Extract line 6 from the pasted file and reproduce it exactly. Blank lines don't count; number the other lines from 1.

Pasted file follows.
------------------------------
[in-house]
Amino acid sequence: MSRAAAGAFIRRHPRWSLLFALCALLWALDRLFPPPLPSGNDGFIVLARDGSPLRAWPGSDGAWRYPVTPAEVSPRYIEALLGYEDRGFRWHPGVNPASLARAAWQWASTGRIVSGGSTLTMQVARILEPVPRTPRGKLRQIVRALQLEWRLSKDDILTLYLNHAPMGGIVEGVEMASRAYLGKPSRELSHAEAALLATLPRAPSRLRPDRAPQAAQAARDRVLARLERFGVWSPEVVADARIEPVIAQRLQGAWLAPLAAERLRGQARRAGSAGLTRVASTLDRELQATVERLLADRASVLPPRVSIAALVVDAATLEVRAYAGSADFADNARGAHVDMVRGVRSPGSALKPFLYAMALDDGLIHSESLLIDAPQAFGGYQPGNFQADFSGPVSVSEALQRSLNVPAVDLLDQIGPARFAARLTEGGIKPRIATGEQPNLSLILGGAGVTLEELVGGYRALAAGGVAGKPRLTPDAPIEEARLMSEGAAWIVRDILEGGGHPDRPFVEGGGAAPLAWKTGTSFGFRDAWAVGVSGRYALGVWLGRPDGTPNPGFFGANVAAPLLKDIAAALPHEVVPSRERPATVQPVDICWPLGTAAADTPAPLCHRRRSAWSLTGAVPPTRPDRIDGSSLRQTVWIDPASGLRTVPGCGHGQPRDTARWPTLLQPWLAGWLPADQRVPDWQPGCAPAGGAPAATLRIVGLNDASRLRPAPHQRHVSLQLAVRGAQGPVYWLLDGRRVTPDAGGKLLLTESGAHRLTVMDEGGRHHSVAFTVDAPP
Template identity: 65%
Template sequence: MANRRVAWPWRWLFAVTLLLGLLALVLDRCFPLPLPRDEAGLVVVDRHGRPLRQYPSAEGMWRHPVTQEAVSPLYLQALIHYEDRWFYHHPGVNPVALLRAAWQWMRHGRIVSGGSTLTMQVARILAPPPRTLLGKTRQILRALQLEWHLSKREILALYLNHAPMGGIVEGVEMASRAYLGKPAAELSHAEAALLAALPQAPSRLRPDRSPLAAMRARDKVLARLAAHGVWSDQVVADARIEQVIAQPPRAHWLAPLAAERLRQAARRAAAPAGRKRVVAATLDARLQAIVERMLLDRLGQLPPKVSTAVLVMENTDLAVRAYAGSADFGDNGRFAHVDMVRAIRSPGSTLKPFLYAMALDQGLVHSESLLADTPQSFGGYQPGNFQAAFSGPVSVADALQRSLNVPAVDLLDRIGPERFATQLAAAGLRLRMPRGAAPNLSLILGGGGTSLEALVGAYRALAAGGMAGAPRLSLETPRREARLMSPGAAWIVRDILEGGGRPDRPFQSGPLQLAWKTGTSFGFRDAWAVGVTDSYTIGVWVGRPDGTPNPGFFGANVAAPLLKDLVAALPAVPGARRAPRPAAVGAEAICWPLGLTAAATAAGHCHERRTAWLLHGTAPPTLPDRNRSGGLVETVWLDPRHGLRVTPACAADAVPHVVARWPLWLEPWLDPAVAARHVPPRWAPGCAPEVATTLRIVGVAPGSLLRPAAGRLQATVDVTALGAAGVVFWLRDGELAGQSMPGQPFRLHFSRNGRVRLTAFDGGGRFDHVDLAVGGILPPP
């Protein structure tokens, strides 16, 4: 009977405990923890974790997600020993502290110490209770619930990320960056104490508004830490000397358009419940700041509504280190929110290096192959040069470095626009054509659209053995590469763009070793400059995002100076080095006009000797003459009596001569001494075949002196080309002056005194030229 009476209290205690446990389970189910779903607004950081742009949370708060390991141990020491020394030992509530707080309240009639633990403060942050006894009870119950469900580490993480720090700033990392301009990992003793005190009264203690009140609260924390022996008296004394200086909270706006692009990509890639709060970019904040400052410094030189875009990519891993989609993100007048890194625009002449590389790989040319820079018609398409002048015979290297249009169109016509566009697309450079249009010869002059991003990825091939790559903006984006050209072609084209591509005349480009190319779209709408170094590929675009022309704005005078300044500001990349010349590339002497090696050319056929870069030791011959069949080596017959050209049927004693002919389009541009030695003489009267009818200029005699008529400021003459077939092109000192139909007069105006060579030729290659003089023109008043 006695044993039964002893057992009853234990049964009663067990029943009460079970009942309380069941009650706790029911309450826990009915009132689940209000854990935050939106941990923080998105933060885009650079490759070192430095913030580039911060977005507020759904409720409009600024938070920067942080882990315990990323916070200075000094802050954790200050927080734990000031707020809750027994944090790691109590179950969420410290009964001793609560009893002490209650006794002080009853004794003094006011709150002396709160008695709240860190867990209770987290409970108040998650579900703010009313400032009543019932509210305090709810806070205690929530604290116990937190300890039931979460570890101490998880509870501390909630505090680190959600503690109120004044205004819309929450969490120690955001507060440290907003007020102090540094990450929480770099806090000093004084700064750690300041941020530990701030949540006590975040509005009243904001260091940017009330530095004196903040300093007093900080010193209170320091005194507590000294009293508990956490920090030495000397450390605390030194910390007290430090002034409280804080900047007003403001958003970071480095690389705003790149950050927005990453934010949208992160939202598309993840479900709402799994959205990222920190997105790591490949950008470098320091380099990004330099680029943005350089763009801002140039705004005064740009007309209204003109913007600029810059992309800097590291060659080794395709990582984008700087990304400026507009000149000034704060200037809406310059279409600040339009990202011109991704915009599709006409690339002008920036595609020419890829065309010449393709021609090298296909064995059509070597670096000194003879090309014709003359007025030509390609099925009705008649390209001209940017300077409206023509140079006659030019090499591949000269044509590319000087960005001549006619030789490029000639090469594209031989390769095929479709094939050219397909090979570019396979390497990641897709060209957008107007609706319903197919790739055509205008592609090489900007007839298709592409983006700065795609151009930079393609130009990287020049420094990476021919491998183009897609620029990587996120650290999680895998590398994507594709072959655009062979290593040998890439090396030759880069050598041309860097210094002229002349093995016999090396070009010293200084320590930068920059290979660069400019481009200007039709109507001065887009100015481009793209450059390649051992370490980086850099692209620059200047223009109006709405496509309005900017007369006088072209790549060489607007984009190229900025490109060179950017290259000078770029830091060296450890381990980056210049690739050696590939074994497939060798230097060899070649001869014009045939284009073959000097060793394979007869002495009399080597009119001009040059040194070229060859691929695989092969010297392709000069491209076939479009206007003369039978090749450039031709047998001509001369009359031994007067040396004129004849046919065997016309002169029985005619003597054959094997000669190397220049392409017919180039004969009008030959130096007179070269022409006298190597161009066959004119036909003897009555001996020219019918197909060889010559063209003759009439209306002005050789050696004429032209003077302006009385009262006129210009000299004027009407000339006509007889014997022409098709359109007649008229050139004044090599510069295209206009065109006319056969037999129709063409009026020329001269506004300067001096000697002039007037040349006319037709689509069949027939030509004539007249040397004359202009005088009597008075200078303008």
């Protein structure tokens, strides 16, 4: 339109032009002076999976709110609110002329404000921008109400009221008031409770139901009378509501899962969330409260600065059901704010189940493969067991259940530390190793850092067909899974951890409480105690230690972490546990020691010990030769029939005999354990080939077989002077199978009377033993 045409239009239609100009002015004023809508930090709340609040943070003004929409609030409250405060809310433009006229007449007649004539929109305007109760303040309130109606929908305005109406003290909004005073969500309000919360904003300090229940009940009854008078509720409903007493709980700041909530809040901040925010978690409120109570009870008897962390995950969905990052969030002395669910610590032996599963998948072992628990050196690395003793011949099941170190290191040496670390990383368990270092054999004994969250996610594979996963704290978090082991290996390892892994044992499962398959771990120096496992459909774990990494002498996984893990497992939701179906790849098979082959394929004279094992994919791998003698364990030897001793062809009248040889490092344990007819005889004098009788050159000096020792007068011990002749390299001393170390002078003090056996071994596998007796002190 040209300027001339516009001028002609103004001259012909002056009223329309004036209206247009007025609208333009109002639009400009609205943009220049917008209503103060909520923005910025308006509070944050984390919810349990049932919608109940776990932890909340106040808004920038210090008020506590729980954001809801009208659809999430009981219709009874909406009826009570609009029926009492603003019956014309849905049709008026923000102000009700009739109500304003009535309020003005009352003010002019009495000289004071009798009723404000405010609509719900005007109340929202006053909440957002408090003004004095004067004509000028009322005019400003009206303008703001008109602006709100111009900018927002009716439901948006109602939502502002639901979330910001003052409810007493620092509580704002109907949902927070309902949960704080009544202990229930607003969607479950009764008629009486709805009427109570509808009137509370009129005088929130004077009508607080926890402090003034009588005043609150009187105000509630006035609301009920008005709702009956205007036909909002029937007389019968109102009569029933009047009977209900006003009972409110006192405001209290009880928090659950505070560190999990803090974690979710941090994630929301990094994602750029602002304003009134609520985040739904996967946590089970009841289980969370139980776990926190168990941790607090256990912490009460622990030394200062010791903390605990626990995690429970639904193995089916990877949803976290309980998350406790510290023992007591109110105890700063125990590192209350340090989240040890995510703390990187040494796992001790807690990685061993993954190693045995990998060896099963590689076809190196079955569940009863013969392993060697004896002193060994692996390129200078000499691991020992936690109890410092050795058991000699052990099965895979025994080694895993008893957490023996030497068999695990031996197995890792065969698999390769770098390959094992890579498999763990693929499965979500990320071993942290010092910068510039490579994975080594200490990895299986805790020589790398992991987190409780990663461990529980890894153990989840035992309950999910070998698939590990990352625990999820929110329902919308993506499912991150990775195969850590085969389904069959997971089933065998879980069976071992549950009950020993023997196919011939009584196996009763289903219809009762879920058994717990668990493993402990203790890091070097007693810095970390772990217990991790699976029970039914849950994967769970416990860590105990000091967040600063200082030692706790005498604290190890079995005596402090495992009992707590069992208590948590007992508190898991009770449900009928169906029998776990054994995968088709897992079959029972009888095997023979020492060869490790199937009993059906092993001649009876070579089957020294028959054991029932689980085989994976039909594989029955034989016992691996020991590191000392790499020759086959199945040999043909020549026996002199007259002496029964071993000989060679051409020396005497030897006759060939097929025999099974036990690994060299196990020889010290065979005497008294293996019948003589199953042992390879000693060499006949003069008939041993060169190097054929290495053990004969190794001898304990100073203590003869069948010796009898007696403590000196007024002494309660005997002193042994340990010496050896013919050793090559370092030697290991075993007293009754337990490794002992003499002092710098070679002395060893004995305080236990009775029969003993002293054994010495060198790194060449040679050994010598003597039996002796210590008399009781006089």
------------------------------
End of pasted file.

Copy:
């Protein structure tokens, strides 16, 4: 339109032009002076999976709110609110002329404000921008109400009221008031409770139901009378509501899962969330409260600065059901704010189940493969067991259940530390190793850092067909899974951890409480105690230690972490546990020691010990030769029939005999354990080939077989002077199978009377033993 045409239009239609100009002015004023809508930090709340609040943070003004929409609030409250405060809310433009006229007449007649004539929109305007109760303040309130109606929908305005109406003290909004005073969500309000919360904003300090229940009940009854008078509720409903007493709980700041909530809040901040925010978690409120109570009870008897962390995950969905990052969030002395669910610590032996599963998948072992628990050196690395003793011949099941170190290191040496670390990383368990270092054999004994969250996610594979996963704290978090082991290996390892892994044992499962398959771990120096496992459909774990990494002498996984893990497992939701179906790849098979082959394929004279094992994919791998003698364990030897001793062809009248040889490092344990007819005889004098009788050159000096020792007068011990002749390299001393170390002078003090056996071994596998007796002190 040209300027001339516009001028002609103004001259012909002056009223329309004036209206247009007025609208333009109002639009400009609205943009220049917008209503103060909520923005910025308006509070944050984390919810349990049932919608109940776990932890909340106040808004920038210090008020506590729980954001809801009208659809999430009981219709009874909406009826009570609009029926009492603003019956014309849905049709008026923000102000009700009739109500304003009535309020003005009352003010002019009495000289004071009798009723404000405010609509719900005007109340929202006053909440957002408090003004004095004067004509000028009322005019400003009206303008703001008109602006709100111009900018927002009716439901948006109602939502502002639901979330910001003052409810007493620092509580704002109907949902927070309902949960704080009544202990229930607003969607479950009764008629009486709805009427109570509808009137509370009129005088929130004077009508607080926890402090003034009588005043609150009187105000509630006035609301009920008005709702009956205007036909909002029937007389019968109102009569029933009047009977209900006003009972409110006192405001209290009880928090659950505070560190999990803090974690979710941090994630929301990094994602750029602002304003009134609520985040739904996967946590089970009841289980969370139980776990926190168990941790607090256990912490009460622990030394200062010791903390605990626990995690429970639904193995089916990877949803976290309980998350406790510290023992007591109110105890700063125990590192209350340090989240040890995510703390990187040494796992001790807690990685061993993954190693045995990998060896099963590689076809190196079955569940009863013969392993060697004896002193060994692996390129200078000499691991020992936690109890410092050795058991000699052990099965895979025994080694895993008893957490023996030497068999695990031996197995890792065969698999390769770098390959094992890579498999763990693929499965979500990320071993942290010092910068510039490579994975080594200490990895299986805790020589790398992991987190409780990663461990529980890894153990989840035992309950999910070998698939590990990352625990999820929110329902919308993506499912991150990775195969850590085969389904069959997971089933065998879980069976071992549950009950020993023997196919011939009584196996009763289903219809009762879920058994717990668990493993402990203790890091070097007693810095970390772990217990991790699976029970039914849950994967769970416990860590105990000091967040600063200082030692706790005498604290190890079995005596402090495992009992707590069992208590948590007992508190898991009770449900009928169906029998776990054994995968088709897992079959029972009888095997023979020492060869490790199937009993059906092993001649009876070579089957020294028959054991029932689980085989994976039909594989029955034989016992691996020991590191000392790499020759086959199945040999043909020549026996002199007259002496029964071993000989060679051409020396005497030897006759060939097929025999099974036990690994060299196990020889010290065979005497008294293996019948003589199953042992390879000693060499006949003069008939041993060169190097054929290495053990004969190794001898304990100073203590003869069948010796009898007696403590000196007024002494309660005997002193042994340990010496050896013919050793090559370092030697290991075993007293009754337990490794002992003499002092710098070679002395060893004995305080236990009775029969003993002293054994010495060198790194060449040679050994010598003597039996002796210590008399009781006089």